GHANA— The Governments of the United States, Japan, and the Republic of Korea, through their representative embassies in Ghana, have come together in a historic first to support Ghana’s Universal Health Coverage (UHC) ambitions.

The Ministry of Health (MoH) of Ghana signed a Memorandum of Cooperation (MoC) between the Ambassadors of the United States, Japan, and the Republic of Korea in Ghana to support Ghana’s Universal Health Coverage and Health Security.

Moreover, the MoC with Ghana will be implemented by the countries’ respective development agencies in the country i.e., the United States Agency on International Development (USAID), Japan International Cooperation Agency (JICA), and the Korea International Cooperation Agency (KOICA).

The three countries’ commitment will improve primary health care and strengthen global health security defenses in Ghana against current and future pandemic threats.

Additionally, the MoC will invigorate Ghana’s commitment to mobilizing resources to implement proven interventions that will ensure equitable access to quality maternal, newborn, and child health, family planning, nutrition, social protection, and infectious disease services for all Ghanaians.

Investing in Primary healthcare to improve health security

The agreement comes at a pivotal time when public health experts are focusing on building capacity for the next epidemic or pandemic, yet health indicators including global life expectancy and childhood vaccinations are slipping.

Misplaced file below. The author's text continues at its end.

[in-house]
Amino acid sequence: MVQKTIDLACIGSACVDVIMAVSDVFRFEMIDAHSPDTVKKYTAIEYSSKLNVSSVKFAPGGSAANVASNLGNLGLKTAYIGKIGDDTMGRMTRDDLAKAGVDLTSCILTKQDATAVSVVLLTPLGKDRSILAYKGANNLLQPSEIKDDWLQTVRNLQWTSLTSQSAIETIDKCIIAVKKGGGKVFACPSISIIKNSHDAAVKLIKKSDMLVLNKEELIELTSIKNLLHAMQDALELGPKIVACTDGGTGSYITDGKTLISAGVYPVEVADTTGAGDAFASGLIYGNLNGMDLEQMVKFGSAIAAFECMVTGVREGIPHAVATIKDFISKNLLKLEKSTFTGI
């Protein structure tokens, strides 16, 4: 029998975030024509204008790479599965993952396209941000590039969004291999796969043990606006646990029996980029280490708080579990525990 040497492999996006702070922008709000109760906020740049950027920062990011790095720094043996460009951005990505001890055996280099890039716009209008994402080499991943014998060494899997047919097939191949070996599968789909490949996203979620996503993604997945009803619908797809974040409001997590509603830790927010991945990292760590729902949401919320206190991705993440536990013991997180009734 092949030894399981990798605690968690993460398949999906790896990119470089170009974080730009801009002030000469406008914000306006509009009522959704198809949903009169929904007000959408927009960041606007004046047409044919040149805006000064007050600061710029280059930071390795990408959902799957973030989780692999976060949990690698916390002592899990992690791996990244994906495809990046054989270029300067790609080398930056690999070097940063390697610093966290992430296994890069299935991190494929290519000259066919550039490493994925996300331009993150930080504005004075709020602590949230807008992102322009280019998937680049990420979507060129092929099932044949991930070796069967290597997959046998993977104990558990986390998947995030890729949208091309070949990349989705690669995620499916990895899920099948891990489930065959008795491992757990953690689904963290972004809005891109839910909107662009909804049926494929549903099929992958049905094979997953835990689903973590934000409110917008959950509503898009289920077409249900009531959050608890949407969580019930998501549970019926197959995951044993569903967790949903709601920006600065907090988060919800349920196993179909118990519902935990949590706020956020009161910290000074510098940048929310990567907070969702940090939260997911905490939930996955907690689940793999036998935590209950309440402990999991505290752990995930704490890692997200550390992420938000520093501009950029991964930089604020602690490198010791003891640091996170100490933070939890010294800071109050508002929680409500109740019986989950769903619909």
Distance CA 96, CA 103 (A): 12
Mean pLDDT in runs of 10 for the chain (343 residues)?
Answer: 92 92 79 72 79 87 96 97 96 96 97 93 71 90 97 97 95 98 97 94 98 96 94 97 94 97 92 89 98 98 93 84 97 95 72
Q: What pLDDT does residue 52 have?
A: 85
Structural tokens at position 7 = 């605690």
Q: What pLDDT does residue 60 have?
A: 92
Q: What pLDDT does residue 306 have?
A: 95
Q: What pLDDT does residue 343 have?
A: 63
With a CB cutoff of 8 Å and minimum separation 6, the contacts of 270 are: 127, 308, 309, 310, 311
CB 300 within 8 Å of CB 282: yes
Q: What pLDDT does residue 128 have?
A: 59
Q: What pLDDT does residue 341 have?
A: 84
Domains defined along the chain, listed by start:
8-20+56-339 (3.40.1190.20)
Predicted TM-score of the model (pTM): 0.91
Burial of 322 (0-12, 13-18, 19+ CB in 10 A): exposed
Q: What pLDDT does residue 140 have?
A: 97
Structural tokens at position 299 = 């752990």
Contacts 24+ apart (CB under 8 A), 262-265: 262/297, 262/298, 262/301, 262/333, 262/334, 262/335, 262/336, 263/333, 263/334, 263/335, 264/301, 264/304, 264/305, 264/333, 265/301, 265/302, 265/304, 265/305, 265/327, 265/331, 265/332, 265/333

Investments in primary health care and global health security are critical to allow countries to rebuild their health systems and prepare for current and future health emergencies.

The United States, through USAID, plans to invest up to US$135 million through 2027, subject to appropriate approvals, in these efforts in Ghana.

KOICA will invest approximately US$23 million dollars, and JICA will invest its technical and financial resources as approvals are obtained.

The agreement signed will help align individual countries’ efforts, allowing each to focus on comparative strengths in support of Ghana’s public health institutions.

“The United States is committed to working with our global partners to invest in primary health care and global health security,” said U.S. Ambassador to Ghana, Virginia Palmer.

Amb. Palmer added that no country could afford to stand alone during a pandemic and COVID-19 showed us the power of strategic partnership with our allies to build a healthier, more equitable, and more prosperous world. 

“We are proud to join Japan and the Republic of Korea in this partnership to achieve Universal Coverage in Ghana,” Amb. Palmer reiterated.

The Japanese Ambassador to Ghana, Mochizuki Hisanobu, said that the MOC was the first of its kind between all parties and would help to contribute further to the achievement of universal health coverage in Ghana with USAID and KOICA, by facilitating more efficient development aid.

“Together with our esteemed partners, we will be committed to ensuring we achieve this objective for the people of Ghana,” said Amb. Hisanobu.

The Republic of Korea Ambassador to Ghana, H.E. Jung-taek Lim said that through the Memorandum of Cooperation, the Republic of Korea reaffirmed its unwavering commitment to supporting Ghana in achieving Universal Health Coverage and strengthening health security.

“We will work hand in hand with our esteemed partners to improve primary health care services, ensuring that they are easily accessible and of the highest quality,” said Amb. Lim.

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